Well thought out in process, this is evident in the decor as soon as you enter. The place has a trendy buzz with its industrial look. One can’t help but notice the high ceiling with wood beams, the large windows and open kitchen concept and central bar. The decor is modest yet modern in a way. Seating is comfortable, lines clean and unfussy. What is awesome for the patrons of Hoogan and Beaufort is definitely its kitchen and its fire pit. Strategically placed at the center of the room you can watch the staff creating their lovely gastronomic dishes that incorporate local products and ingenious creations of dishes with the most original of ingredients. The show itself can keep you inspired for hours.
Service here is excellent, impeccably professional, solicitous and accommodating. The restaurant caters to people with allergies; as well their dishes are free of nitrates and nuts, a big plus for those who have severe food allergies. The staff is very knowledgeable when it comes to the menu and wine list.
Saulnier has compiled an extensive and original wine list, with a great selection of local and European imported beers as well. They serve great wines by the glass at reasonable prices and the classic refined digestifs to please any palate. All are a must try.
The menu is something else; it reads more like a fancy French bistro than a pub. If you are a table of 8 or more, they suggest a menu degustation at $ 65.00 all around. Otherwise you can choose a la carte. Be warned they do not serve complimentary baskets of bread, if bread is desired with the meal you will have to purchase their Focaccia Brulée et Beurre for $ 3.00; but it is well worth it.
Hoogan & Beaufort is for those traditional foodies who appreciate good food in a cool hip environment. It is not a typical hungry man pub, or for those with very big appetites. The portions are small, but the quality and reasonable prices are fair and balances things out.
The food is fantastic. All items sampled were very tasty, flavourful and outright delicious. For entrée we had the Tataki de Cerf de Boileau, with Oignon Vert Grille, armillaire de Miel, raifort cresson tournesol for $ 17 00. Five generous slices topped with tiny mushrooms and watercress. Beautifully presented, it was very tender and not at all gamy.
For seconds we had two pasta dishes the Agnoletti au fromage frais, carotte, Yuzu Kosho, & coppa for $14.00. The Agnoletti were filled with fresh cheese, the carrot sauce was deliciously creamy The prescribed coppa looked more like strips of regular bacon than salt cured ham , but then it is hard to tell sometimes, the texture was interesting and a winning combination with the pine nuts and Yuzu broth.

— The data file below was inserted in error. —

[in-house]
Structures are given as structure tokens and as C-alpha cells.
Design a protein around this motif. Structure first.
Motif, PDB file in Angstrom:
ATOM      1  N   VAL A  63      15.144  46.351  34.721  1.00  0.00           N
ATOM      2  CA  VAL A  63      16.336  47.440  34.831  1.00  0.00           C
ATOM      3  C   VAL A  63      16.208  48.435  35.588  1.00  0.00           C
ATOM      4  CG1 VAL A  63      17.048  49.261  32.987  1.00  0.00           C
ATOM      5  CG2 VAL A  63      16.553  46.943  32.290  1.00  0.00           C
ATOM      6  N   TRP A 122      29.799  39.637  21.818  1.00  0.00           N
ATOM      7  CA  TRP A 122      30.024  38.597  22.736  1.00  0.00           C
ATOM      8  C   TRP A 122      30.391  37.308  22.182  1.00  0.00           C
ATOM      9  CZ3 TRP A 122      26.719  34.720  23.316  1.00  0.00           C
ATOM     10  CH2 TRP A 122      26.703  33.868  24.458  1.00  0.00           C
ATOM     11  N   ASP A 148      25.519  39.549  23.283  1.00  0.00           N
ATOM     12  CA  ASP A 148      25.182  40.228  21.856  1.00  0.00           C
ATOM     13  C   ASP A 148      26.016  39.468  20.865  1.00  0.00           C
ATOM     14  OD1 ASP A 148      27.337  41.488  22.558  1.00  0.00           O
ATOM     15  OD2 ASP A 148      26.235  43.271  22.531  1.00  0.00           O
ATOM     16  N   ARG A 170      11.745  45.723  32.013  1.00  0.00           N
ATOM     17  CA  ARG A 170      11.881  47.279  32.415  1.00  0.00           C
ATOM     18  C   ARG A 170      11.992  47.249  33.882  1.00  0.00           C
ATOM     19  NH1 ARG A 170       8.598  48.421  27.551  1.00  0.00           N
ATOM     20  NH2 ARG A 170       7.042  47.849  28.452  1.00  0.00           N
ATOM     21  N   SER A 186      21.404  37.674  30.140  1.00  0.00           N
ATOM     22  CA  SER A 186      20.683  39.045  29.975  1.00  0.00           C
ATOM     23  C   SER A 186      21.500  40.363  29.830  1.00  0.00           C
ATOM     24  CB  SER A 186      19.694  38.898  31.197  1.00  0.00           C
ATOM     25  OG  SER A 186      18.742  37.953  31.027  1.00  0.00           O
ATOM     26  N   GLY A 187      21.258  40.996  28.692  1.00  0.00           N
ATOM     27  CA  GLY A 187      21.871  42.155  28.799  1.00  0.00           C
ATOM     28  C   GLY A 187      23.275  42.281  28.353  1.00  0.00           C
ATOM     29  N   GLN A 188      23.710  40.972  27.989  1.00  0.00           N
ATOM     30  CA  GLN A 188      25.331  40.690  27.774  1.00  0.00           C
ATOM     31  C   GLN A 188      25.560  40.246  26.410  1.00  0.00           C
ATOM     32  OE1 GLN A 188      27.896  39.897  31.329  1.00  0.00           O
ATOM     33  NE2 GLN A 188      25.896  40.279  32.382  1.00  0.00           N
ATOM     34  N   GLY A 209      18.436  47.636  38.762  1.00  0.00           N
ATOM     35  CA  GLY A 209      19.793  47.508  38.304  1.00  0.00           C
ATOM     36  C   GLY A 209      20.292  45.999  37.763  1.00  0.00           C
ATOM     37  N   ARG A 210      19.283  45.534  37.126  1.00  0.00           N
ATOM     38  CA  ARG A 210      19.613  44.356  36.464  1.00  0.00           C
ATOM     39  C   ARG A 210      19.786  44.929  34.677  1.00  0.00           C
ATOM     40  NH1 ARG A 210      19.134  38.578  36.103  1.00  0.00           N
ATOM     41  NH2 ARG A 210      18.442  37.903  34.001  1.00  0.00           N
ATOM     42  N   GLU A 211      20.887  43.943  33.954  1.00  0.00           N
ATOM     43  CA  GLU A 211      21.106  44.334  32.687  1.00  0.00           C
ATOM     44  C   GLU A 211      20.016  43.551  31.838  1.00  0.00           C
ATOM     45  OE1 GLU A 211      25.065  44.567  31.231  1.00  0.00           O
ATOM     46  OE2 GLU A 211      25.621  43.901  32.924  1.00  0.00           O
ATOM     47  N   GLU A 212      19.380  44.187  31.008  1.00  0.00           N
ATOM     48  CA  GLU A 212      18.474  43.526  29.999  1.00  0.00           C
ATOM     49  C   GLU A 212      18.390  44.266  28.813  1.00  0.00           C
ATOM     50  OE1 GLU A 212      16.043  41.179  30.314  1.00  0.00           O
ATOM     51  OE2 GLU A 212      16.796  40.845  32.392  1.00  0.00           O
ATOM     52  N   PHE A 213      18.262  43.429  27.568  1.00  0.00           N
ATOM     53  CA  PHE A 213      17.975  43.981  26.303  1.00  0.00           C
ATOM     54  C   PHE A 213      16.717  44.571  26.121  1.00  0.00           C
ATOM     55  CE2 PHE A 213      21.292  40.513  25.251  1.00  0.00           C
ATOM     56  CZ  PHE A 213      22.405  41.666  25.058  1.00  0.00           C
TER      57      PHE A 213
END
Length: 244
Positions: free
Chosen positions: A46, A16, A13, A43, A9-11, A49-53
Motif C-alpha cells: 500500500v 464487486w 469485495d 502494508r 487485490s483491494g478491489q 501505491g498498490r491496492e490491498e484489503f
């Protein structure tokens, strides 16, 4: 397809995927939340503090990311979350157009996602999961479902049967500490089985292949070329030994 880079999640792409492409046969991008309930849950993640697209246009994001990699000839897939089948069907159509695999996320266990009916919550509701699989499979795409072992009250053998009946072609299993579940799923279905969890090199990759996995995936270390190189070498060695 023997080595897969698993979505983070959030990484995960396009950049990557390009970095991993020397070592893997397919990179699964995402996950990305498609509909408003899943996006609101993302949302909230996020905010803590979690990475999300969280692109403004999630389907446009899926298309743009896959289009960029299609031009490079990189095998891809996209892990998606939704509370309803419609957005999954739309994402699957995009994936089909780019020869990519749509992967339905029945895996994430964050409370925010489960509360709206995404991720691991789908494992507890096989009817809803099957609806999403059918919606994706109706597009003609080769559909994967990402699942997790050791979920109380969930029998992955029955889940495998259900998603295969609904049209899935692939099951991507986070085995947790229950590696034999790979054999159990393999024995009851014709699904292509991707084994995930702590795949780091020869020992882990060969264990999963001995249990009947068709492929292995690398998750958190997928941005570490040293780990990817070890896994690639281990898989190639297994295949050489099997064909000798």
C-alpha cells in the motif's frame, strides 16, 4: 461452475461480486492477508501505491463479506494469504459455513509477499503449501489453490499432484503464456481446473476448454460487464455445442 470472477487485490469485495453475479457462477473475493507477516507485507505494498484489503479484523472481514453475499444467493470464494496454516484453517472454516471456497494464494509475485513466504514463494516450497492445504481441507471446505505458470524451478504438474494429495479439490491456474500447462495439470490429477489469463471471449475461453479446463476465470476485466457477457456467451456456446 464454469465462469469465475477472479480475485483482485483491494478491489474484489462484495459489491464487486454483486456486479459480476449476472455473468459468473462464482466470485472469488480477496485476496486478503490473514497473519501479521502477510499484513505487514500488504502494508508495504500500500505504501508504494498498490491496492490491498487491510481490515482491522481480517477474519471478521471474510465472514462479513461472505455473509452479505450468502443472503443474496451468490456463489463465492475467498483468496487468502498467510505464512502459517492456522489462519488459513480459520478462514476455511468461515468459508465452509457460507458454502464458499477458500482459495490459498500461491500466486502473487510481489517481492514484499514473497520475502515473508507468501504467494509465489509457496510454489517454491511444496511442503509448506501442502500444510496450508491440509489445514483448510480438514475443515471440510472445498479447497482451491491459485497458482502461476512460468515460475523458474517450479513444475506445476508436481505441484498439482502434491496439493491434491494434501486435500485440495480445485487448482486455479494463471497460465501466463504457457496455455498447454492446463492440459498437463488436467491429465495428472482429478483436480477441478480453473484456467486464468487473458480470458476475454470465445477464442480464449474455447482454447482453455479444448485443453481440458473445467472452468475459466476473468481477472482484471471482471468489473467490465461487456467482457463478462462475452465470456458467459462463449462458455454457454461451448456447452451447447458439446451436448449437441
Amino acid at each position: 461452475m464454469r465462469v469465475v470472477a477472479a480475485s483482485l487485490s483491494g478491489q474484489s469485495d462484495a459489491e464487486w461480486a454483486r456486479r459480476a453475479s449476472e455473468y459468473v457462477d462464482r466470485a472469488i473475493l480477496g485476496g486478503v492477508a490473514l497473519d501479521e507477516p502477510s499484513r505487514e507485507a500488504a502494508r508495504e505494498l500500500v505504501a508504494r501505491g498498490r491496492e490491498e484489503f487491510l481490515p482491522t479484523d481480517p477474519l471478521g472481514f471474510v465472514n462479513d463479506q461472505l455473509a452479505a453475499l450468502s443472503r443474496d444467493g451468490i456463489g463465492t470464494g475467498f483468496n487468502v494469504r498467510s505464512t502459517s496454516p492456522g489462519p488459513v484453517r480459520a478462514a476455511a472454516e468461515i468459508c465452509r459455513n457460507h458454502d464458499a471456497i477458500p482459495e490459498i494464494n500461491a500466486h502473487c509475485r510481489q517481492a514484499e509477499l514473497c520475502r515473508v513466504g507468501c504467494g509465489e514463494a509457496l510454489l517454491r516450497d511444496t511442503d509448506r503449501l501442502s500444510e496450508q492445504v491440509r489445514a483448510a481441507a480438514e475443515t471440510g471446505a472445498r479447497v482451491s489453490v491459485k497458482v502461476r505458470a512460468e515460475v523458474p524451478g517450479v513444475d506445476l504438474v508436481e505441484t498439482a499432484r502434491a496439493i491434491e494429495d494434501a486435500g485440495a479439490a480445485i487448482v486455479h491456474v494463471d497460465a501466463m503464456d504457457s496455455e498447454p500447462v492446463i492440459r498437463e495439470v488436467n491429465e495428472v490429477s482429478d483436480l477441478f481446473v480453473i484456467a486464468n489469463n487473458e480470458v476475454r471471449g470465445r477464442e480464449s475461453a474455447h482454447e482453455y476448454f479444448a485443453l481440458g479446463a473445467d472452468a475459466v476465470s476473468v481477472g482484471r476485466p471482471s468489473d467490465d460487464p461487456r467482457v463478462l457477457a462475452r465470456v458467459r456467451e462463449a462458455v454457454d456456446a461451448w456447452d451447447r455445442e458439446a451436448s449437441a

The second pasta dish sampled, was the Garganelli au Canard Confit et Chevre Noir for $15.00. These were just as good yet different in taste & texture. Mixed with pieces of duck confit, crispy chicken skin and Chinese artichokes and chevre noir cheese all mixed in to create an even deeper flavor.
My partner had the bouillabaisse. This was fine but not the typical dish as it lacked the broth that he is so typically accustomed too when eating this fishy stew. We are used to seeing a red tomato sauce, but these came with a green sauce, obviously made out of sort of greens. The origins unknown in this case.
Our friends shared the Magret de Canard de la Ferme La Canardiere for two at $60.00.They loved the dish and thought it excellent; the duck was really tender and not fatty at all. They could have had second portions and felt it just was not enough.
Dessert taken was a Chocolate au lait with Poire meringue an l’érable and a crumble of cacao for $ 9.00, totally decadent and shared by two with good coffee and a digestif of chartreuse for the ladies and whisky and scotch for the guys. It was a great end to a great meal and lots of great conversation, laughs and showmanship experienced by all. We had such a good time we wanted to stay till the wee hours of the morning.
Saisons Mtl Event-May 09, 2016
Held at: Le Tulipier Fleuriste
438 St-Pierre, Old Montreal, Québec
Chef: Marc Alexander Mercier Chef-Hotel Herman
Cost: $ 105.00 plus tax